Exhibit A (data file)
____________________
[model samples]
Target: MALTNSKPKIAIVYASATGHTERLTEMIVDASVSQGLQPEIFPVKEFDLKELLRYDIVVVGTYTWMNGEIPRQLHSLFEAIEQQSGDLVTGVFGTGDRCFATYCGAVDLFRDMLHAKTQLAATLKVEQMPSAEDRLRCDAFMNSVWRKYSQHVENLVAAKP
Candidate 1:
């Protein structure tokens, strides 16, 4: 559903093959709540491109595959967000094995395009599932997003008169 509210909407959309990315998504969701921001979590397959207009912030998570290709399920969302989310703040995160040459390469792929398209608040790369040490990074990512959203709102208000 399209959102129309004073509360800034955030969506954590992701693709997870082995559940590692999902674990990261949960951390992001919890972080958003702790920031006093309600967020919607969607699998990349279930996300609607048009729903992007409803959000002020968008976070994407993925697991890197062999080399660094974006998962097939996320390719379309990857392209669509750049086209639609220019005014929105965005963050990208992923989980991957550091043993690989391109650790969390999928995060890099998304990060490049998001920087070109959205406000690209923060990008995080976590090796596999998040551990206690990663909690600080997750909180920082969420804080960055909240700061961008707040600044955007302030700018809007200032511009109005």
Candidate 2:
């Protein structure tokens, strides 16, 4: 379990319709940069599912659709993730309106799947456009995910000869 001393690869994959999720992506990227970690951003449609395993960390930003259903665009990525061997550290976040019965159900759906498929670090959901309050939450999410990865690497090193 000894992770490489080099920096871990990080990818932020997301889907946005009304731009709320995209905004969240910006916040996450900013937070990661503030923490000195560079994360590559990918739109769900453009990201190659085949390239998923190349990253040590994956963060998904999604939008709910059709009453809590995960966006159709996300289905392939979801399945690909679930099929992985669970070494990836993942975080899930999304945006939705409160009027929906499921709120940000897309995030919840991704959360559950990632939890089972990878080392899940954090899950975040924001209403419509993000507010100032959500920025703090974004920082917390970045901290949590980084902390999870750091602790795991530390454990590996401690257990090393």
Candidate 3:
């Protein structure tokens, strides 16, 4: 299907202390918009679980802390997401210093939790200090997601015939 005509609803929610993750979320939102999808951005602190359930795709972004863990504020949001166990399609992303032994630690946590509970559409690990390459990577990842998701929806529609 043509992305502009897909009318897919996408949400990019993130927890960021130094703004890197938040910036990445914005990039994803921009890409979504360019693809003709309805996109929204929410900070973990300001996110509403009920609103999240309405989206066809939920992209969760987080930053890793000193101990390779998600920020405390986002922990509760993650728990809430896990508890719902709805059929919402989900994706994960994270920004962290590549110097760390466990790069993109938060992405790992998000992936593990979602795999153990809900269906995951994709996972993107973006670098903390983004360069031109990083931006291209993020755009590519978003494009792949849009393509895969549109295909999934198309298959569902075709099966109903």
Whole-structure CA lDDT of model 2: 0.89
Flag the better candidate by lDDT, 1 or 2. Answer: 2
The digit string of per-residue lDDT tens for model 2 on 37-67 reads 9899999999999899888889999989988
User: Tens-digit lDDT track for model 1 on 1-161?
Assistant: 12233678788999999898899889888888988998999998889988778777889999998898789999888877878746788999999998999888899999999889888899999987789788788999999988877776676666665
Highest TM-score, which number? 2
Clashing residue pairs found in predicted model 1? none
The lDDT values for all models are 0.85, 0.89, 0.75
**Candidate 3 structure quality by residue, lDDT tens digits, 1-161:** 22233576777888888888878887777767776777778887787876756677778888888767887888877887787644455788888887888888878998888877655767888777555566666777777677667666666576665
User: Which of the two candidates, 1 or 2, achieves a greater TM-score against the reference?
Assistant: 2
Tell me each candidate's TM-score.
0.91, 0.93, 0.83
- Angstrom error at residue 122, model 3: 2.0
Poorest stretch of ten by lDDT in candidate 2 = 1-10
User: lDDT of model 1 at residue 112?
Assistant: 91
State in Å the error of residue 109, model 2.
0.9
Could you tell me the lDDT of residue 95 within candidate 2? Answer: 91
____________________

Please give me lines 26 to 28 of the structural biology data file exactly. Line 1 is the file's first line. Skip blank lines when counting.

State in Å the error of residue 109, model 2.
0.9
Could you tell me the lDDT of residue 95 within candidate 2? Answer: 91